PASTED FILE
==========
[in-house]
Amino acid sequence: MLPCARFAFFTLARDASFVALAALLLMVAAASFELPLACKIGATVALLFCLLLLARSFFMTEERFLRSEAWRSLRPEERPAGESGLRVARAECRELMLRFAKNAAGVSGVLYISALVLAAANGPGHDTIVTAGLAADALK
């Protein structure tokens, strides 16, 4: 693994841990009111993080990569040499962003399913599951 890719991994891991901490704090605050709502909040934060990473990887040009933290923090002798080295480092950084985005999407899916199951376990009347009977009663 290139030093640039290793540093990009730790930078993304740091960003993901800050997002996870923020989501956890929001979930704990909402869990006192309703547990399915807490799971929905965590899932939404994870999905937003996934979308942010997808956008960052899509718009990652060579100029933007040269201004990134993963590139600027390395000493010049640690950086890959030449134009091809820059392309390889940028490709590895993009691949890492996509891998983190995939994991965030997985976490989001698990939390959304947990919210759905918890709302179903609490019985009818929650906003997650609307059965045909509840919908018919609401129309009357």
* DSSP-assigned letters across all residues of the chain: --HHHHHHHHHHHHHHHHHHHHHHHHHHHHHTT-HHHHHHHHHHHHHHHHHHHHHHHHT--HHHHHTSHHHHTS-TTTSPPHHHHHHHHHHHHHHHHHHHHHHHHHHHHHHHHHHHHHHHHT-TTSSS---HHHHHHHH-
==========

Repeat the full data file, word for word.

[in-house]
Amino acid sequence: MLPCARFAFFTLARDASFVALAALLLMVAAASFELPLACKIGATVALLFCLLLLARSFFMTEERFLRSEAWRSLRPEERPAGESGLRVARAECRELMLRFAKNAAGVSGVLYISALVLAAANGPGHDTIVTAGLAADALK
């Protein structure tokens, strides 16, 4: 693994841990009111993080990569040499962003399913599951 890719991994891991901490704090605050709502909040934060990473990887040009933290923090002798080295480092950084985005999407899916199951376990009347009977009663 290139030093640039290793540093990009730790930078993304740091960003993901800050997002996870923020989501956890929001979930704990909402869990006192309703547990399915807490799971929905965590899932939404994870999905937003996934979308942010997808956008960052899509718009990652060579100029933007040269201004990134993963590139600027390395000493010049640690950086890959030449134009091809820059392309390889940028490709590895993009691949890492996509891998983190995939994991965030997985976490989001698990939390959304947990919210759905918890709302179903609490019985009818929650906003997650609307059965045909509840919908018919609401129309009357």
* DSSP-assigned letters across all residues of the chain: --HHHHHHHHHHHHHHHHHHHHHHHHHHHHHTT-HHHHHHHHHHHHHHHHHHHHHHHHT--HHHHHTSHHHHTS-TTTSPPHHHHHHHHHHHHHHHHHHHHHHHHHHHHHHHHHHHHHHHHT-TTSSS---HHHHHHHH-